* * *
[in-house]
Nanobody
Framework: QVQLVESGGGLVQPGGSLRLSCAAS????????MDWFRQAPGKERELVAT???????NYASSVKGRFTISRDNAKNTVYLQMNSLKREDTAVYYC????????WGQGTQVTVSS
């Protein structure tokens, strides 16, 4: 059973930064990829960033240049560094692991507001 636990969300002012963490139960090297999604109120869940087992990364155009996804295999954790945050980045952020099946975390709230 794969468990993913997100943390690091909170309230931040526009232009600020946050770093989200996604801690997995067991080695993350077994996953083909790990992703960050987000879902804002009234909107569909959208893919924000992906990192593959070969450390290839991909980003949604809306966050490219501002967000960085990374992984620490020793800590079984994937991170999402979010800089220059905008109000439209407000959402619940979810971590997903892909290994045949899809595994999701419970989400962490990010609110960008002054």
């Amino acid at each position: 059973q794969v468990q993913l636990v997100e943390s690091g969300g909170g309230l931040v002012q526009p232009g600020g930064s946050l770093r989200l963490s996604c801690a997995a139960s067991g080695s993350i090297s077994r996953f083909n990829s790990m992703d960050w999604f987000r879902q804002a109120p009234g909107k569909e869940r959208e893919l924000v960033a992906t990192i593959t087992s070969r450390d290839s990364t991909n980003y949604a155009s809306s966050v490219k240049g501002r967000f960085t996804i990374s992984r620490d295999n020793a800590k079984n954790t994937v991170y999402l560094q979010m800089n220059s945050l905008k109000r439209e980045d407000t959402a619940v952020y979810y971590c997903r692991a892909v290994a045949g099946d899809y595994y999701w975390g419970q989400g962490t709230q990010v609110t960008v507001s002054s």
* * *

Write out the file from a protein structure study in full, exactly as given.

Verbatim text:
[in-house]
Nanobody
Framework: QVQLVESGGGLVQPGGSLRLSCAAS????????MDWFRQAPGKERELVAT???????NYASSVKGRFTISRDNAKNTVYLQMNSLKREDTAVYYC????????WGQGTQVTVSS
């Protein structure tokens, strides 16, 4: 059973930064990829960033240049560094692991507001 636990969300002012963490139960090297999604109120869940087992990364155009996804295999954790945050980045952020099946975390709230 794969468990993913997100943390690091909170309230931040526009232009600020946050770093989200996604801690997995067991080695993350077994996953083909790990992703960050987000879902804002009234909107569909959208893919924000992906990192593959070969450390290839991909980003949604809306966050490219501002967000960085990374992984620490020793800590079984994937991170999402979010800089220059905008109000439209407000959402619940979810971590997903892909290994045949899809595994999701419970989400962490990010609110960008002054």
């Amino acid at each position: 059973q794969v468990q993913l636990v997100e943390s690091g969300g909170g309230l931040v002012q526009p232009g600020g930064s946050l770093r989200l963490s996604c801690a997995a139960s067991g080695s993350i090297s077994r996953f083909n990829s790990m992703d960050w999604f987000r879902q804002a109120p009234g909107k569909e869940r959208e893919l924000v960033a992906t990192i593959t087992s070969r450390d290839s990364t991909n980003y949604a155009s809306s966050v490219k240049g501002r967000f960085t996804i990374s992984r620490d295999n020793a800590k079984n954790t994937v991170y999402l560094q979010m800089n220059s945050l905008k109000r439209e980045d407000t959402a619940v952020y979810y971590c997903r692991a892909v290994a045949g099946d899809y595994y999701w975390g419970q989400g962490t709230q990010v609110t960008v507001s002054s």